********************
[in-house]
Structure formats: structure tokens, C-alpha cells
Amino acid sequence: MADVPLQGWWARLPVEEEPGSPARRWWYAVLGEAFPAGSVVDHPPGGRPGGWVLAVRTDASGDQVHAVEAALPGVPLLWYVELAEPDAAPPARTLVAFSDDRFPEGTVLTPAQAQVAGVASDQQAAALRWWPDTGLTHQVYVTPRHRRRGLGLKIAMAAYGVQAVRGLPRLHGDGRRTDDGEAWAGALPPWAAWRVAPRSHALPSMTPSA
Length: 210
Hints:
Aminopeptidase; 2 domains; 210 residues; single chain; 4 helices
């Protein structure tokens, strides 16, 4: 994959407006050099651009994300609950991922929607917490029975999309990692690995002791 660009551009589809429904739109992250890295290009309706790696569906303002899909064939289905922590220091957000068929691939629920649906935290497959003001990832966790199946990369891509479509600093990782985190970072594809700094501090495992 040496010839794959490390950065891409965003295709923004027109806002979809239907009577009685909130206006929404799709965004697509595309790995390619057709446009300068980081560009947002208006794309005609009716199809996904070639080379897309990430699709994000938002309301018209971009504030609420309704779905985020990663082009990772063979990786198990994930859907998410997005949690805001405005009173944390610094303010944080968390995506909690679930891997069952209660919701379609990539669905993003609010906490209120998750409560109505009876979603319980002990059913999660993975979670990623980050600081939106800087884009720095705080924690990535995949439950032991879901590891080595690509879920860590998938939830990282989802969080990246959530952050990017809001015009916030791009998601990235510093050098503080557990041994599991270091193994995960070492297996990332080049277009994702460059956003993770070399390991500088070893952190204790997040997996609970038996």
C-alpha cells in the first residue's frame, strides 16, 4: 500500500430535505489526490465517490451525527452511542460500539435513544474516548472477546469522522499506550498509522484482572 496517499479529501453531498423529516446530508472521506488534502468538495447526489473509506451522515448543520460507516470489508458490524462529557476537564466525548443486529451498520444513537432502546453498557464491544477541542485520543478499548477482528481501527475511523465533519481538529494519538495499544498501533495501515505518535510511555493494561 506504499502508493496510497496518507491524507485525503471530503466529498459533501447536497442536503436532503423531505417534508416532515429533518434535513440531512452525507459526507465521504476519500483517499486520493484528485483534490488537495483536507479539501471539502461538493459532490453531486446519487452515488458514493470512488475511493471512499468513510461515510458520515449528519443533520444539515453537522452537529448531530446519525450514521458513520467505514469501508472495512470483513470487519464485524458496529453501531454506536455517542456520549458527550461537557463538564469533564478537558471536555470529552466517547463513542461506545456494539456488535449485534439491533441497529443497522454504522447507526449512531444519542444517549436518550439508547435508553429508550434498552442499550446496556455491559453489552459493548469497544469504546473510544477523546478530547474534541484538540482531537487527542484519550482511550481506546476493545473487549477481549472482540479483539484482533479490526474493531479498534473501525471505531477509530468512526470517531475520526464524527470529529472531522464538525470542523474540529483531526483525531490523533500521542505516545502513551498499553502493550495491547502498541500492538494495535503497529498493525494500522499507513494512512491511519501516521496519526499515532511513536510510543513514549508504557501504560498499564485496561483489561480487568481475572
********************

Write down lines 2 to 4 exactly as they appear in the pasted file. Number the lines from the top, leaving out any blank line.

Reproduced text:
Structure formats: structure tokens, C-alpha cells
Amino acid sequence: MADVPLQGWWARLPVEEEPGSPARRWWYAVLGEAFPAGSVVDHPPGGRPGGWVLAVRTDASGDQVHAVEAALPGVPLLWYVELAEPDAAPPARTLVAFSDDRFPEGTVLTPAQAQVAGVASDQQAAALRWWPDTGLTHQVYVTPRHRRRGLGLKIAMAAYGVQAVRGLPRLHGDGRRTDDGEAWAGALPPWAAWRVAPRSHALPSMTPSA
Length: 210